All 169 seats in the Storting
85 seats are needed for a majority
Most voted party by county (left) and municipality (right)
A parliamentary election was held in Norway on 11 September 2017. The non-socialist parties retained a reduced majority of 88 seats, allowing Prime Minister Erna Solberg's Conservative-Progress coalition to remain in government. The Liberal Party joined the coalition in January 2018 but it remained a minority cabinet due to the Christian Democratic Party's decision not to join the coalition. The three largest centre-left parties won 79 seats. The Green Party retained its single seat, while the Red Party won its first ever seat.
The last parliamentary elections in Norway were held on 9 September 2013. The outcome was a victory for the Conservatives and their populist right-wing allies. The Conservative Party, led by Erna Solberg, and the right-wing populist Progress Party formed a two-party minority government, with Solberg as Prime Minister. The two parties received confidence and supply from two centrist parties, the Liberals and the Christian Democrats.
The number of members to be returned from each constituency varies between 4 and 19. To determine the apportionment of the 169 seats amongst the 19 counties, a two-tier formula is used, based on population and geographic size. Each inhabitant counts one point, while each square kilometer counts 1.8 points.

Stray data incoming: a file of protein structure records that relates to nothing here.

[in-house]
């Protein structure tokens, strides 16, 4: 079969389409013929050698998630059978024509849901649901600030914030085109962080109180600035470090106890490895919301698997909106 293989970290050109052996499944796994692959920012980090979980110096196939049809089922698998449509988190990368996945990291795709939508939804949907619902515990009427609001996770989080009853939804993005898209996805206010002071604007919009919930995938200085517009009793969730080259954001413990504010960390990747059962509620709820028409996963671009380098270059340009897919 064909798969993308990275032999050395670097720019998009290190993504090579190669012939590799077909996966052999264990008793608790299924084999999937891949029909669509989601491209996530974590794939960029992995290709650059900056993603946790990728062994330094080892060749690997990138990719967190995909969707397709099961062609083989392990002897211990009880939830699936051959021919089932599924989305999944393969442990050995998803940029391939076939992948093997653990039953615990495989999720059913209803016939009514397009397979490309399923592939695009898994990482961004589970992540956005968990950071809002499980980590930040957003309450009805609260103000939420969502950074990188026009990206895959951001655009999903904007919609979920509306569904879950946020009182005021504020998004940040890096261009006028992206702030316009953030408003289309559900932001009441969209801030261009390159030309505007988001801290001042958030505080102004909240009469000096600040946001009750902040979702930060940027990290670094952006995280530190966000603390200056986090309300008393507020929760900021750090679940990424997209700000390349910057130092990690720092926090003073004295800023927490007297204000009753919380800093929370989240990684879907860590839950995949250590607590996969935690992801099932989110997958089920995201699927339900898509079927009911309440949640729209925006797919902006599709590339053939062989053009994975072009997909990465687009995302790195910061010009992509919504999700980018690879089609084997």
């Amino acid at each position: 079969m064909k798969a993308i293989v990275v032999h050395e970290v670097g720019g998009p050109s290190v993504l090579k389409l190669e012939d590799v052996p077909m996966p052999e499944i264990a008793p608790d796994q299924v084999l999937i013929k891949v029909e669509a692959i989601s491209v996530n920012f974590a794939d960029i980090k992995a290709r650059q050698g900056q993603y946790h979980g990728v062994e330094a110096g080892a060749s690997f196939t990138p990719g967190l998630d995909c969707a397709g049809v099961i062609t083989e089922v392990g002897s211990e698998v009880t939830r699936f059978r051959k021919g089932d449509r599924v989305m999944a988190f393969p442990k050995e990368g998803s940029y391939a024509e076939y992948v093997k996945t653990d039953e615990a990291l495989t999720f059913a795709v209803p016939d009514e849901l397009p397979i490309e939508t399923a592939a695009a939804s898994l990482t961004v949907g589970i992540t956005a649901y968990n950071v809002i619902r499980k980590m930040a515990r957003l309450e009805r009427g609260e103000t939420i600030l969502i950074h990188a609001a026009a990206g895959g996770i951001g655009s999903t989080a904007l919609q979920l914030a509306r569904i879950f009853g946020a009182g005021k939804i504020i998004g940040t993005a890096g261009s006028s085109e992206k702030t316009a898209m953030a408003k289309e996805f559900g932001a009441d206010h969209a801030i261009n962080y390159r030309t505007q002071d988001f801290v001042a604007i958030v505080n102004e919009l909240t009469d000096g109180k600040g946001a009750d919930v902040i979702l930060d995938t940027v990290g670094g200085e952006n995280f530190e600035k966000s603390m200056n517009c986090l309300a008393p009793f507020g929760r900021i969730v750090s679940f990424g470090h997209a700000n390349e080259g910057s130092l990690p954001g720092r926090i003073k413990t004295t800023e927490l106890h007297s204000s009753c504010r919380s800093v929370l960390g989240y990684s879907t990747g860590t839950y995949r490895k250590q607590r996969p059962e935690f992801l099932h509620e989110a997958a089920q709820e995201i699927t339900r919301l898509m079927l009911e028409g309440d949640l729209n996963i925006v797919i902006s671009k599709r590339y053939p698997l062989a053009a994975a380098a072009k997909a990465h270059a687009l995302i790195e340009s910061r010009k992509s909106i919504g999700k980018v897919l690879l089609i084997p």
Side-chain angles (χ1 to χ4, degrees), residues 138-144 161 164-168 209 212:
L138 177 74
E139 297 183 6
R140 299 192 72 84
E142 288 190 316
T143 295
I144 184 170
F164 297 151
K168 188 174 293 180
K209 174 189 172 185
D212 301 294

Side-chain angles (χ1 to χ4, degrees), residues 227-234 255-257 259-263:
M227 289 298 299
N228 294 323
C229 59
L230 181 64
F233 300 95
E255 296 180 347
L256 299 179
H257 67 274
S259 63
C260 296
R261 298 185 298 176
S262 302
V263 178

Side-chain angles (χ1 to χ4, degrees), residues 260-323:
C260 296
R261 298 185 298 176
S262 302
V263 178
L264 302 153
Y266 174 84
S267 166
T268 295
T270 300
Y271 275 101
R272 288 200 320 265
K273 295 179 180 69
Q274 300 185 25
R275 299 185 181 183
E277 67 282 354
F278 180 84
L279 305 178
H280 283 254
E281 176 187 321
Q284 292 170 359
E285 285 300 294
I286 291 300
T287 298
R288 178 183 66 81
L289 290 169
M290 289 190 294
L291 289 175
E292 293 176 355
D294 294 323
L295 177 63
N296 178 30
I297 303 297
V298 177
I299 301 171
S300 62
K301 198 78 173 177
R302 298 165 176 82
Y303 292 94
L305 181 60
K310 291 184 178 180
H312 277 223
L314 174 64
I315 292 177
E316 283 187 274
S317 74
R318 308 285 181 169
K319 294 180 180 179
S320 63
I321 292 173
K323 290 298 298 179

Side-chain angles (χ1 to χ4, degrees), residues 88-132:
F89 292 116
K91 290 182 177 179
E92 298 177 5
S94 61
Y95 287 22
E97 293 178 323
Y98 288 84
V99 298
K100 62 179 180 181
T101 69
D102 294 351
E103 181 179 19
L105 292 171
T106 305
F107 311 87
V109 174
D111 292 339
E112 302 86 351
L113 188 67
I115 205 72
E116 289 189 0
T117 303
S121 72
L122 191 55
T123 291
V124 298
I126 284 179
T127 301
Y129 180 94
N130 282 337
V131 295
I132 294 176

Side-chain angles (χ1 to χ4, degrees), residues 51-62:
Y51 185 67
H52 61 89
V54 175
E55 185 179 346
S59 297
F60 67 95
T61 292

150 of the seats are regular district seats. These are awarded based on the election results in each county, and are unaffected by results in other counties. Nineteen of the seats (one for each county) are leveling seats, awarded parties who win fewer seats than their share of the national popular vote otherwise entitles them to. A party must win 4% of the popular vote in order to win compensation seats, but may still win district seats even if it fails to reach this threshold. The system for apportioning seats is biased in favour of rural areas since the area of the county is a factor, but the system of compensation seats reduces the effect this has on final party strength.
According to the Norwegian constitution, parliamentary elections must be held every four years. The Norwegian parliament may not be dissolved before such a four-year term has ended, a rather rare trait of a political system found in few, if any democracies besides Norway and the USA.
On 22 April 2016, the Norwegian government announced that the date of the election is set to be Monday, 11 September 2017. Additionally, each municipal council may vote to extend voting by one day, by also opening the polling stations on Sunday, 10 September.
Eight political parties were represented in the Norwegian parliament prior to the election, all of whom went on to contest the 2017 election.